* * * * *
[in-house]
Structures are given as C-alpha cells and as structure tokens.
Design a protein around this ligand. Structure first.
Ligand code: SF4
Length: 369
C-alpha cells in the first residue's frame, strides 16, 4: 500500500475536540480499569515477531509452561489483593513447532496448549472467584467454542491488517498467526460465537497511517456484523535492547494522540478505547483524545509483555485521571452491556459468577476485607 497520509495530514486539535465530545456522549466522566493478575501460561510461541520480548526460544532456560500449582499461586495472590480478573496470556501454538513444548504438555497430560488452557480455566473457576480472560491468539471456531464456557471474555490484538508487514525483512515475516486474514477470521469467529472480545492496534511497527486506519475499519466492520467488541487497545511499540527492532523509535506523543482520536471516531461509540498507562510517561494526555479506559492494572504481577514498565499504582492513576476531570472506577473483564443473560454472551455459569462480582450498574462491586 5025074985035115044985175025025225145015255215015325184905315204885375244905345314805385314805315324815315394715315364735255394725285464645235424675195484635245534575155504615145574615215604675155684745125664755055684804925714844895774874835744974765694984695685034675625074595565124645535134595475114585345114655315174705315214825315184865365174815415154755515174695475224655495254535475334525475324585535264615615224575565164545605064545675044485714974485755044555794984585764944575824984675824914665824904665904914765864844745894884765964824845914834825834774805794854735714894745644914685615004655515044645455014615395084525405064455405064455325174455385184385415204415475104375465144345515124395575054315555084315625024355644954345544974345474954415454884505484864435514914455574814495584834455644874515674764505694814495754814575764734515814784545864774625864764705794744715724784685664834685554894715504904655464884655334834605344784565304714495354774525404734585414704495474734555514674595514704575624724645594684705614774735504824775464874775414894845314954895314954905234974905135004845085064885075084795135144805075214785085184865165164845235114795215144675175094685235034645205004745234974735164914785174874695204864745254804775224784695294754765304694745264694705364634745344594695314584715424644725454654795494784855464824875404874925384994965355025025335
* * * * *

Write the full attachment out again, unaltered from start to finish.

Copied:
[in-house]
Structures are given as C-alpha cells and as structure tokens.
Design a protein around this ligand. Structure first.
Ligand code: SF4
Length: 369
C-alpha cells in the first residue's frame, strides 16, 4: 500500500475536540480499569515477531509452561489483593513447532496448549472467584467454542491488517498467526460465537497511517456484523535492547494522540478505547483524545509483555485521571452491556459468577476485607 497520509495530514486539535465530545456522549466522566493478575501460561510461541520480548526460544532456560500449582499461586495472590480478573496470556501454538513444548504438555497430560488452557480455566473457576480472560491468539471456531464456557471474555490484538508487514525483512515475516486474514477470521469467529472480545492496534511497527486506519475499519466492520467488541487497545511499540527492532523509535506523543482520536471516531461509540498507562510517561494526555479506559492494572504481577514498565499504582492513576476531570472506577473483564443473560454472551455459569462480582450498574462491586 5025074985035115044985175025025225145015255215015325184905315204885375244905345314805385314805315324815315394715315364735255394725285464645235424675195484635245534575155504615145574615215604675155684745125664755055684804925714844895774874835744974765694984695685034675625074595565124645535134595475114585345114655315174705315214825315184865365174815415154755515174695475224655495254535475334525475324585535264615615224575565164545605064545675044485714974485755044555794984585764944575824984675824914665824904665904914765864844745894884765964824845914834825834774805794854735714894745644914685615004655515044645455014615395084525405064455405064455325174455385184385415204415475104375465144345515124395575054315555084315625024355644954345544974345474954415454884505484864435514914455574814495584834455644874515674764505694814495754814575764734515814784545864774625864764705794744715724784685664834685554894715504904655464884655334834605344784565304714495354774525404734585414704495474734555514674595514704575624724645594684705614774735504824775464874775414894845314954895314954905234974905135004845085064885075084795135144805075214785085184865165164845235114795215144675175094685235034645205004745234974735164914785174874695204864745254804775224784695294754765304694745264694705364634745344594695314584715424644725454654795494784855464824875404874925384994965355025025335